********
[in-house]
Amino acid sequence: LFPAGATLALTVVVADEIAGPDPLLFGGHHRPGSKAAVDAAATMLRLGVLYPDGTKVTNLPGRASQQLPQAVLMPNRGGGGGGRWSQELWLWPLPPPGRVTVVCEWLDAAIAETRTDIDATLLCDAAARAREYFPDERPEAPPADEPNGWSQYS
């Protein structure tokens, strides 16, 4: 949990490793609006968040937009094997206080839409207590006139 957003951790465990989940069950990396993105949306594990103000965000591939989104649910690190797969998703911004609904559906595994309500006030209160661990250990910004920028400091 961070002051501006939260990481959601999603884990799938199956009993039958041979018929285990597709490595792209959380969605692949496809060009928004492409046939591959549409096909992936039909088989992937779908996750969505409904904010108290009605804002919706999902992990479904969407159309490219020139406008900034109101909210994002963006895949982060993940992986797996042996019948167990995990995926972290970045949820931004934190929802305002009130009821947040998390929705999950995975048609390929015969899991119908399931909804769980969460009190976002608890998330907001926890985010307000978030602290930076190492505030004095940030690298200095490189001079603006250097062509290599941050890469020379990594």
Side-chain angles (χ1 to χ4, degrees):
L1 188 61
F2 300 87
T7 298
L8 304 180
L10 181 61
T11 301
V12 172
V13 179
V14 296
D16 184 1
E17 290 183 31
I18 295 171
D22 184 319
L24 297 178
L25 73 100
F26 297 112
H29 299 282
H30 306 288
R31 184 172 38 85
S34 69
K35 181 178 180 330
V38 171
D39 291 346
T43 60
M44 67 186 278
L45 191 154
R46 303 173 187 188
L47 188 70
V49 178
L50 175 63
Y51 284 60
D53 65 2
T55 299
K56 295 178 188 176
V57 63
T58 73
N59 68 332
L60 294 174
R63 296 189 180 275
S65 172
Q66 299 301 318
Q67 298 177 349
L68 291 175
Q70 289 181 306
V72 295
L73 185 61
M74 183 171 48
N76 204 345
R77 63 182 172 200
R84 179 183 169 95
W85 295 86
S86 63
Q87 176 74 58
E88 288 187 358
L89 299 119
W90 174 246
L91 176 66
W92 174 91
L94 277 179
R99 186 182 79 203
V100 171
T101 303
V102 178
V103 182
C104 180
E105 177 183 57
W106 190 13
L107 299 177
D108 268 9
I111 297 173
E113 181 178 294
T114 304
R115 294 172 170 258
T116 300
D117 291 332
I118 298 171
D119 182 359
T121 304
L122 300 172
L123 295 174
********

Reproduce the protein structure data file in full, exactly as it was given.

[in-house]
Amino acid sequence: LFPAGATLALTVVVADEIAGPDPLLFGGHHRPGSKAAVDAAATMLRLGVLYPDGTKVTNLPGRASQQLPQAVLMPNRGGGGGGRWSQELWLWPLPPPGRVTVVCEWLDAAIAETRTDIDATLLCDAAARAREYFPDERPEAPPADEPNGWSQYS
């Protein structure tokens, strides 16, 4: 949990490793609006968040937009094997206080839409207590006139 957003951790465990989940069950990396993105949306594990103000965000591939989104649910690190797969998703911004609904559906595994309500006030209160661990250990910004920028400091 961070002051501006939260990481959601999603884990799938199956009993039958041979018929285990597709490595792209959380969605692949496809060009928004492409046939591959549409096909992936039909088989992937779908996750969505409904904010108290009605804002919706999902992990479904969407159309490219020139406008900034109101909210994002963006895949982060993940992986797996042996019948167990995990995926972290970045949820931004934190929802305002009130009821947040998390929705999950995975048609390929015969899991119908399931909804769980969460009190976002608890998330907001926890985010307000978030602290930076190492505030004095940030690298200095490189001079603006250097062509290599941050890469020379990594």
Side-chain angles (χ1 to χ4, degrees):
L1 188 61
F2 300 87
T7 298
L8 304 180
L10 181 61
T11 301
V12 172
V13 179
V14 296
D16 184 1
E17 290 183 31
I18 295 171
D22 184 319
L24 297 178
L25 73 100
F26 297 112
H29 299 282
H30 306 288
R31 184 172 38 85
S34 69
K35 181 178 180 330
V38 171
D39 291 346
T43 60
M44 67 186 278
L45 191 154
R46 303 173 187 188
L47 188 70
V49 178
L50 175 63
Y51 284 60
D53 65 2
T55 299
K56 295 178 188 176
V57 63
T58 73
N59 68 332
L60 294 174
R63 296 189 180 275
S65 172
Q66 299 301 318
Q67 298 177 349
L68 291 175
Q70 289 181 306
V72 295
L73 185 61
M74 183 171 48
N76 204 345
R77 63 182 172 200
R84 179 183 169 95
W85 295 86
S86 63
Q87 176 74 58
E88 288 187 358
L89 299 119
W90 174 246
L91 176 66
W92 174 91
L94 277 179
R99 186 182 79 203
V100 171
T101 303
V102 178
V103 182
C104 180
E105 177 183 57
W106 190 13
L107 299 177
D108 268 9
I111 297 173
E113 181 178 294
T114 304
R115 294 172 170 258
T116 300
D117 291 332
I118 298 171
D119 182 359
T121 304
L122 300 172
L123 295 174